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Large budget cuts are on the horizon, says Ron DeSantis.

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State budget hits Ron DeSantis’ desk

After months of waiting, the Governor is now truly forced to act.

After months of holding out because of the coronavirus pandemic, lawmakers have handed Gov. Ron DeSantis their $93.2 billion spending plan.

But the final bill will come in far below that mark. The Governor could be slashing up to $1 billion from the budget with his line-item veto power. And on Tuesday, he told reporters the red ink could flow like in “Game of Thrones” Red Wedding.

DeSantis has until June 30 to act on the budget before it kicks in for the fiscal year beginning July 1. But most of what the Governor has been waiting to learn about how the coronavirus recession will affect the economy and how what aid the federal government is offering is already known.

However, still to come later this month is the brunt of the virus’ effect on tourism and sales tax. In May, the April revenue report showed a staggering $878.1 million shortfall, and that included mostly March’s sales tax receipts — from before the lockdown. The Legislature’s budget chiefs and those involved in the budget process expect the May report to be direr.

The Governor will be forced to take a hard look at his priorities and wins from the Session, but he dismissed the idea of slashing some of his biggest wins when asked specifically about teacher pay raises.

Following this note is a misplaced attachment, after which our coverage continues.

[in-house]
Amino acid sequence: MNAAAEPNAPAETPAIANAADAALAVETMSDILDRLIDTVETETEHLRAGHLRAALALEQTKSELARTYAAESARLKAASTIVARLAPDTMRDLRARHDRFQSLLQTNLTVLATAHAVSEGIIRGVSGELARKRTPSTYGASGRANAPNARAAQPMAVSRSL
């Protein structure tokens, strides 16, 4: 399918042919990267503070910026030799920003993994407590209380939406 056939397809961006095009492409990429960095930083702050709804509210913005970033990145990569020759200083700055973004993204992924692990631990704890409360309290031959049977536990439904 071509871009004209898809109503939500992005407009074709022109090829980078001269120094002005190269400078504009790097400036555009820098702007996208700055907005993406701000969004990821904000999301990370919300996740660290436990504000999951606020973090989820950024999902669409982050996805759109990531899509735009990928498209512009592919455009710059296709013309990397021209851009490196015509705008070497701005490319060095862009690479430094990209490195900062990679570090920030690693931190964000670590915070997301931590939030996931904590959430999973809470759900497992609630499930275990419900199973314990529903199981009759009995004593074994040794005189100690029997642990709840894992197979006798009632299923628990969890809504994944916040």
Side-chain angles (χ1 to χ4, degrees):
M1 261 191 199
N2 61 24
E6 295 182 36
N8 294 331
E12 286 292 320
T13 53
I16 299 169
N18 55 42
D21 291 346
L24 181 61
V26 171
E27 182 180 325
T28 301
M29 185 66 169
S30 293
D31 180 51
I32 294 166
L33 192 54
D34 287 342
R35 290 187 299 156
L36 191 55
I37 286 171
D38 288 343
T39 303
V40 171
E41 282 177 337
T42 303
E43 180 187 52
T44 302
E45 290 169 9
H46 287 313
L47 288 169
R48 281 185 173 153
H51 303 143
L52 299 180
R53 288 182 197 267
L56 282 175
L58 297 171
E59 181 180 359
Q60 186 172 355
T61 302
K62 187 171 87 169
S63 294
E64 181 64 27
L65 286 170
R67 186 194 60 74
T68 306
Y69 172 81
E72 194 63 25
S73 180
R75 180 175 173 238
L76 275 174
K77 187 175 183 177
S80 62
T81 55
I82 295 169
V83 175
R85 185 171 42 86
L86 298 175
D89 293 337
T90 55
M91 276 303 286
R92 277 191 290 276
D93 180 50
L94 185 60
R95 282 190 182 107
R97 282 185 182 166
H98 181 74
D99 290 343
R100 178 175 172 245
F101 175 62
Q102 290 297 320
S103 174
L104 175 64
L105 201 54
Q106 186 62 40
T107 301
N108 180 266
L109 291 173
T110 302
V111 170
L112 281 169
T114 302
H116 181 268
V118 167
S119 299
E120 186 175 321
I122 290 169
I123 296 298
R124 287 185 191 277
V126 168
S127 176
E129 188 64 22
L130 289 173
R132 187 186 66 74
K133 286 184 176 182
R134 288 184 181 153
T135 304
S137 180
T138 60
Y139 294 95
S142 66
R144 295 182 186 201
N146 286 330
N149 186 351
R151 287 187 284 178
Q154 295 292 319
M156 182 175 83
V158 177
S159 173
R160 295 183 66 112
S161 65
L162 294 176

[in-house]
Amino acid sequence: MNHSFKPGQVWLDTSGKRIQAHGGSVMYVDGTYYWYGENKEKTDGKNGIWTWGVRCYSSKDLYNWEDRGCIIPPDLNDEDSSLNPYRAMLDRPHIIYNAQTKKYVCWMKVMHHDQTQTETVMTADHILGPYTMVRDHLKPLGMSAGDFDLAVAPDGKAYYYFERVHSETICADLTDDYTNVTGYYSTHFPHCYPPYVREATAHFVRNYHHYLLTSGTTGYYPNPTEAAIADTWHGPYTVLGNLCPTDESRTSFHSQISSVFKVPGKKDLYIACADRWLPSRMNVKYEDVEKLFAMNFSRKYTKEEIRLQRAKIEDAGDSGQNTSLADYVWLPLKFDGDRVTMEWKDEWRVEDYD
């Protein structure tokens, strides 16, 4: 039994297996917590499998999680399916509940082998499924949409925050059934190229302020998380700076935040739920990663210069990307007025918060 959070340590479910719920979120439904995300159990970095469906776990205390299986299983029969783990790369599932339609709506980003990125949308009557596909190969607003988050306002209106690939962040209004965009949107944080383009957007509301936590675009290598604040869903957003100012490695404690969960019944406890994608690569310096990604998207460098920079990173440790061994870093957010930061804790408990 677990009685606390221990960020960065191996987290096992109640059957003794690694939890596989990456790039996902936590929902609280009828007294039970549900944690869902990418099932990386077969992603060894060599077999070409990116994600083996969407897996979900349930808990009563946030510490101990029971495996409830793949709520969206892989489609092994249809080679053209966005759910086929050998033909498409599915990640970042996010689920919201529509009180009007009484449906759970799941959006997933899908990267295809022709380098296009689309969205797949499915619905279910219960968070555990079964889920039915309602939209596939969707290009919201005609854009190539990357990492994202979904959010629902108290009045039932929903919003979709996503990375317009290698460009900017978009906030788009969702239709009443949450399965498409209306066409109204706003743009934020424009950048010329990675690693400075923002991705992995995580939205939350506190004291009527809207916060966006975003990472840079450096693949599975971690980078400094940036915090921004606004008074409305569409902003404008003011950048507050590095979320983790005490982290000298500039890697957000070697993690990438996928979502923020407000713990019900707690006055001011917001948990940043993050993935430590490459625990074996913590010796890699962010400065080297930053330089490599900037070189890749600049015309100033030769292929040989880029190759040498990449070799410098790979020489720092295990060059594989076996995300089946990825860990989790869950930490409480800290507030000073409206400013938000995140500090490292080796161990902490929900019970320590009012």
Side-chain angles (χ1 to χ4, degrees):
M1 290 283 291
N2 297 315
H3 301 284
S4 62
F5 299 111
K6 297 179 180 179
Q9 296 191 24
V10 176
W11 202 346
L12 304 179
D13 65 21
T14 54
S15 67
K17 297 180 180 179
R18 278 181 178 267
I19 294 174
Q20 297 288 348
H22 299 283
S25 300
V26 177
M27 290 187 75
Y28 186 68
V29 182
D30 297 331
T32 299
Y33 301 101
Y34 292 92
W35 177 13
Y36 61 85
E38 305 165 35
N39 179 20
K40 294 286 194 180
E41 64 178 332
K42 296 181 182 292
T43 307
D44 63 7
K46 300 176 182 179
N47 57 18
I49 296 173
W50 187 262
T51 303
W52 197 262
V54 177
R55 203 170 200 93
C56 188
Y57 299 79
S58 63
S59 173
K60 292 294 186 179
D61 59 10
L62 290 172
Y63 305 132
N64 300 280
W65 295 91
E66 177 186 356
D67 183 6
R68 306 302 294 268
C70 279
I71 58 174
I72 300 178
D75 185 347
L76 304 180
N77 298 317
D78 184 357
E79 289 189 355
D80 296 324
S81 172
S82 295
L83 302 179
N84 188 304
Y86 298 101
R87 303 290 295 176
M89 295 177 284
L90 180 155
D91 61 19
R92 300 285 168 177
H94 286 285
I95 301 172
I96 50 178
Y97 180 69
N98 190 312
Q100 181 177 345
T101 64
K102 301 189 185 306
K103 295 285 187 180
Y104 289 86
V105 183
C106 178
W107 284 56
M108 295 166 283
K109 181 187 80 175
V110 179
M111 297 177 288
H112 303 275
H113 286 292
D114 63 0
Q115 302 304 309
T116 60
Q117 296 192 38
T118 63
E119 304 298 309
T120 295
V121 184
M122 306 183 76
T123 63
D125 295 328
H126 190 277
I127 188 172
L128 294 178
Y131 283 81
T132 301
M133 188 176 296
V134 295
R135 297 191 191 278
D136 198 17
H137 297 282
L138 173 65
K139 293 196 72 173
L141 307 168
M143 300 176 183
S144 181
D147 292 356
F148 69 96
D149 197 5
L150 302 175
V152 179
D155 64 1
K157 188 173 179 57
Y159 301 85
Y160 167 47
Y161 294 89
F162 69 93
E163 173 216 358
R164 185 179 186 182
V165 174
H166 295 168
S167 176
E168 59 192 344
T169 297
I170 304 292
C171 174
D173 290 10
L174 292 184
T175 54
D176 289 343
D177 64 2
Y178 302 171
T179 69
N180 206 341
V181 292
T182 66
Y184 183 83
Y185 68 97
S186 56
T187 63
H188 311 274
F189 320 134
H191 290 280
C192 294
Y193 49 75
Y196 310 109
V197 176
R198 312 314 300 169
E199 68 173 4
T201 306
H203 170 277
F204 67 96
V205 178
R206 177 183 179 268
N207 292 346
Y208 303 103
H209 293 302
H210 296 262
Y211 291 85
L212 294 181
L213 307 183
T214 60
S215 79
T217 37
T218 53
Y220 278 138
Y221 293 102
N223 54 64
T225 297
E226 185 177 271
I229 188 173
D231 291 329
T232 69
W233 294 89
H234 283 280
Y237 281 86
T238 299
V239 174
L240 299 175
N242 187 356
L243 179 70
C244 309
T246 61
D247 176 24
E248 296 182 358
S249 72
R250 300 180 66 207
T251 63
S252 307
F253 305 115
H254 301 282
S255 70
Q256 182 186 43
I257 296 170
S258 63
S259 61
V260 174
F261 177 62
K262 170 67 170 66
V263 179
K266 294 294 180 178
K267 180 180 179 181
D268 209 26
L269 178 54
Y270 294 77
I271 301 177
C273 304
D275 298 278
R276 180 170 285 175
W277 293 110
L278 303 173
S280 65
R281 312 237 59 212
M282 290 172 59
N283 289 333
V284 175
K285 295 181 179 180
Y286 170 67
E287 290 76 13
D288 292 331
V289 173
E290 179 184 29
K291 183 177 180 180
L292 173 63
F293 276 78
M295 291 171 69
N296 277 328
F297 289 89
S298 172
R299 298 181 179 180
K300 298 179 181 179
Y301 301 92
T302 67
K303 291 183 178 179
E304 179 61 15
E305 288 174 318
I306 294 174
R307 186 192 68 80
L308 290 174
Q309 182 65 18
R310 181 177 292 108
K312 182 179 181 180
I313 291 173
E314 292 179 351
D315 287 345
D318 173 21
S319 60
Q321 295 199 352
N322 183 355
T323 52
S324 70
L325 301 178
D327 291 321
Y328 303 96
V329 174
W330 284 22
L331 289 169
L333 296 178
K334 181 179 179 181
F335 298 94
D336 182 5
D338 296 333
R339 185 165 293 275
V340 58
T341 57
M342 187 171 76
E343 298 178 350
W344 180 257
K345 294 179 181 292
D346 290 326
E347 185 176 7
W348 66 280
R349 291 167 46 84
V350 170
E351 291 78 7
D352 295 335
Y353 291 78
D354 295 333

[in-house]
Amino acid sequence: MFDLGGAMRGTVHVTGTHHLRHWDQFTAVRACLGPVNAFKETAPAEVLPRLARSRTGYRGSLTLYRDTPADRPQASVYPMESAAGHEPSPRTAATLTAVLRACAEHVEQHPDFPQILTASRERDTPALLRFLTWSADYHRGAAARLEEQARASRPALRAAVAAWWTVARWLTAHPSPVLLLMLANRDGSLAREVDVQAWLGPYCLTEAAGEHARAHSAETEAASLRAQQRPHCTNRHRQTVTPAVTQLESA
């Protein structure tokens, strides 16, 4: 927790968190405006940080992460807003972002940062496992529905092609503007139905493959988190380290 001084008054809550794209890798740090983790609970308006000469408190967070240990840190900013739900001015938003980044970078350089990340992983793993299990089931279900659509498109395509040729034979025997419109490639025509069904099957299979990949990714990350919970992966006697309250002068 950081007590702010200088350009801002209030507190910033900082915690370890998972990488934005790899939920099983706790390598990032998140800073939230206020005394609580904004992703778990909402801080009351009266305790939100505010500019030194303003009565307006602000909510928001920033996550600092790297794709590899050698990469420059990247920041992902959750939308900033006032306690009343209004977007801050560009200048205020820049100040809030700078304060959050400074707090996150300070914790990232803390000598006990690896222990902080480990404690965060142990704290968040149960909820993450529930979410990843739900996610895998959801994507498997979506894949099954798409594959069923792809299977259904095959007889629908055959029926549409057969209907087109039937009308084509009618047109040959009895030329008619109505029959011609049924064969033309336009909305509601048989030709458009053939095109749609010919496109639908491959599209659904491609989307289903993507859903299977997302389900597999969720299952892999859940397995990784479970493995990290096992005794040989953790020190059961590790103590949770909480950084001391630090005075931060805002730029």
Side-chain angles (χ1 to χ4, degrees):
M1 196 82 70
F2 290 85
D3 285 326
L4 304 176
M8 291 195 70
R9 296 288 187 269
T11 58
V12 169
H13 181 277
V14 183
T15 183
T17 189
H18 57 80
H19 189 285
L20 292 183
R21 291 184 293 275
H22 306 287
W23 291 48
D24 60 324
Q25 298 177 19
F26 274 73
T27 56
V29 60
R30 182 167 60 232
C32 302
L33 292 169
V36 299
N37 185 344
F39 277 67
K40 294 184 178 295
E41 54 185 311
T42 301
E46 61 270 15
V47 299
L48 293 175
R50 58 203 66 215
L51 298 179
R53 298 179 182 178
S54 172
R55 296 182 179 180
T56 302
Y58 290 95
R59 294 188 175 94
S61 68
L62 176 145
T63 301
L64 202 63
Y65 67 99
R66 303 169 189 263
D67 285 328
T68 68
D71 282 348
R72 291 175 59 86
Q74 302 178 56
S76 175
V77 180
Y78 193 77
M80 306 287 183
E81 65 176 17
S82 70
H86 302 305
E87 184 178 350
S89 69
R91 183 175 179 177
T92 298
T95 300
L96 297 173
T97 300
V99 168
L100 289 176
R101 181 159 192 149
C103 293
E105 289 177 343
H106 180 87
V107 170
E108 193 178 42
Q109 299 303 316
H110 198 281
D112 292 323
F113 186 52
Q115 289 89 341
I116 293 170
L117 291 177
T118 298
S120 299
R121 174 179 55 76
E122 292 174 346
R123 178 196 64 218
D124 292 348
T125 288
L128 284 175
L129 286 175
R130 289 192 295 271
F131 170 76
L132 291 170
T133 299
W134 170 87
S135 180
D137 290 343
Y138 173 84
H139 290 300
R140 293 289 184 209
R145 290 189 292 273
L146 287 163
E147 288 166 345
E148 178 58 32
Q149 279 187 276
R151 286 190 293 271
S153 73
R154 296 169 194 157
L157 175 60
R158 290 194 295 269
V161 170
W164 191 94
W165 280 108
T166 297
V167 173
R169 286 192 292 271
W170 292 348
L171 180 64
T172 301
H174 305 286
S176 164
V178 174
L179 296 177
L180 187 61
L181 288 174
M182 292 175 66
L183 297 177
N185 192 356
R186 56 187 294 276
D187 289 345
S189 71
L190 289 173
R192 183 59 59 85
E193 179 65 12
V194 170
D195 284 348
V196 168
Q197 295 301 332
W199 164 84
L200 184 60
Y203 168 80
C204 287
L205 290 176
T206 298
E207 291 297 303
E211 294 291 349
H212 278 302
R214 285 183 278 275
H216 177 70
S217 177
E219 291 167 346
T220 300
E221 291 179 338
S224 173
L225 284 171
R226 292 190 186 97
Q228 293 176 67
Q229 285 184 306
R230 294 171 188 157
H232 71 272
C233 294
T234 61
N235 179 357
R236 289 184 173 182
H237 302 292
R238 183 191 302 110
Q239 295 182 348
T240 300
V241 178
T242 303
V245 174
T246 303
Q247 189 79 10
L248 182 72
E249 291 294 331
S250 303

“We want to obviously deliver as many of the priorities as we can, but it’s just a situation where I created a budget under certain assumptions and conditions. The Legislature did a budget under certain assumptions and conditions,” he said.

Some of his other victories from the Session include fully funding the Sadowski Affordable Housing Trust Fund and environmental projects, with Florida Forever’s budget tripled this year. State employees are also slated to get pay raises, including correctional officers as the Governor initially wanted.

The Florida TaxWatch last week flagged $136.3 million from 180 “budget turkeys” that it says weren’t fully vetted in the Legislature’s plan. But on top of those budget items, the watchdog group recommended the Governor veto each of the 829 member projects unless it is vital to Floridians, such as a health care project.

After riding on years of continued economic growth, the outlook for the 2020-2021 fiscal year represents a stark change from what economists were expecting, even as the thought of a natural slowdown remained in frame.

“Even though the pandemic was here once we laid the budget on the desk, there was a radical change between that second week of March in terms of the messaging coming out of places like Washington where they said you could go on a cruise, you can still go to a campaign rally. And then it seemed like a week or ten days later, shut everything down,” DeSantis said.

As for the likelihood of a Special Session, which those outside of government suggest is inevitable:

“I think we probably are going to recover hopefully quicker than maybe we thought two months ago, but between the vetoes, and I’m going to hold back some agency spending, and then we have identified some CARES Act money which will be able to be used,” DeSantis said. “I have no worries about us getting to the election.”

Written By

Renzo Downey covers state government for Florida Politics. After graduating from Northwestern University in 2019, Renzo began his reporting career in the Lone Star State, covering state government for the Austin American-Statesman. Shoot Renzo an email at renzo@floridapolitics.com and follow him on Twitter @RenzoDowney.

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